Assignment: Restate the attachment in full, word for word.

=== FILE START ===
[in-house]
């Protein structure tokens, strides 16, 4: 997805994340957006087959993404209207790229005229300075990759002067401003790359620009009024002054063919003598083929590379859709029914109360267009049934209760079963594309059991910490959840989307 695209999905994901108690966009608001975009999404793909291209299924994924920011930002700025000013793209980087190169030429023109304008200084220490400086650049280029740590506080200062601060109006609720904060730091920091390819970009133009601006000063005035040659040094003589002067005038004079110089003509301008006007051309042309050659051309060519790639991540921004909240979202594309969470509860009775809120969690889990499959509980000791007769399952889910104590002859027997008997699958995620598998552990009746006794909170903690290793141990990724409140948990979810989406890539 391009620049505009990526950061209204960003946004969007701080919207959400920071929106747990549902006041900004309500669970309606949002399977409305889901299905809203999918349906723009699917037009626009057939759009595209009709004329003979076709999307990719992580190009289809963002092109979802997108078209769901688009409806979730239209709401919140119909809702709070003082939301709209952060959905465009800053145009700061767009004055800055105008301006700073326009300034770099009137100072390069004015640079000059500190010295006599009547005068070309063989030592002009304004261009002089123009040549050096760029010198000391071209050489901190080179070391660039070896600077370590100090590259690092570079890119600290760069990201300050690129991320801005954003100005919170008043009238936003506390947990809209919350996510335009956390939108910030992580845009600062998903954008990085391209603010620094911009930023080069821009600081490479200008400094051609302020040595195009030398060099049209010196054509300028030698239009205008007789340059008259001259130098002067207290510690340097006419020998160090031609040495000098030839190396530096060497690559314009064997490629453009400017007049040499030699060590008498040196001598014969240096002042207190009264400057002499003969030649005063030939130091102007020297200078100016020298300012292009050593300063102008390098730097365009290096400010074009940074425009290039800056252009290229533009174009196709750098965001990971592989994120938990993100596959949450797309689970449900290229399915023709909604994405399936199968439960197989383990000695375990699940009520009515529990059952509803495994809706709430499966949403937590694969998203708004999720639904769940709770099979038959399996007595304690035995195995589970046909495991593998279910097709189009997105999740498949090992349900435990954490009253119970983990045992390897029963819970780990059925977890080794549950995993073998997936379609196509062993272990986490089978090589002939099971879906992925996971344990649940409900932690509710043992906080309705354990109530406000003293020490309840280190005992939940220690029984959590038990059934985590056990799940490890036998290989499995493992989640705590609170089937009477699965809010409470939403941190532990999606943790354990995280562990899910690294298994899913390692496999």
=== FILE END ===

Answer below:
[in-house]
């Protein structure tokens, strides 16, 4: 997805994340957006087959993404209207790229005229300075990759002067401003790359620009009024002054063919003598083929590379859709029914109360267009049934209760079963594309059991910490959840989307 695209999905994901108690966009608001975009999404793909291209299924994924920011930002700025000013793209980087190169030429023109304008200084220490400086650049280029740590506080200062601060109006609720904060730091920091390819970009133009601006000063005035040659040094003589002067005038004079110089003509301008006007051309042309050659051309060519790639991540921004909240979202594309969470509860009775809120969690889990499959509980000791007769399952889910104590002859027997008997699958995620598998552990009746006794909170903690290793141990990724409140948990979810989406890539 391009620049505009990526950061209204960003946004969007701080919207959400920071929106747990549902006041900004309500669970309606949002399977409305889901299905809203999918349906723009699917037009626009057939759009595209009709004329003979076709999307990719992580190009289809963002092109979802997108078209769901688009409806979730239209709401919140119909809702709070003082939301709209952060959905465009800053145009700061767009004055800055105008301006700073326009300034770099009137100072390069004015640079000059500190010295006599009547005068070309063989030592002009304004261009002089123009040549050096760029010198000391071209050489901190080179070391660039070896600077370590100090590259690092570079890119600290760069990201300050690129991320801005954003100005919170008043009238936003506390947990809209919350996510335009956390939108910030992580845009600062998903954008990085391209603010620094911009930023080069821009600081490479200008400094051609302020040595195009030398060099049209010196054509300028030698239009205008007789340059008259001259130098002067207290510690340097006419020998160090031609040495000098030839190396530096060497690559314009064997490629453009400017007049040499030699060590008498040196001598014969240096002042207190009264400057002499003969030649005063030939130091102007020297200078100016020298300012292009050593300063102008390098730097365009290096400010074009940074425009290039800056252009290229533009174009196709750098965001990971592989994120938990993100596959949450797309689970449900290229399915023709909604994405399936199968439960197989383990000695375990699940009520009515529990059952509803495994809706709430499966949403937590694969998203708004999720639904769940709770099979038959399996007595304690035995195995589970046909495991593998279910097709189009997105999740498949090992349900435990954490009253119970983990045992390897029963819970780990059925977890080794549950995993073998997936379609196509062993272990986490089978090589002939099971879906992925996971344990649940409900932690509710043992906080309705354990109530406000003293020490309840280190005992939940220690029984959590038990059934985590056990799940490890036998290989499995493992989640705590609170089937009477699965809010409470939403941190532990999606943790354990995280562990899910690294298994899913390692496999």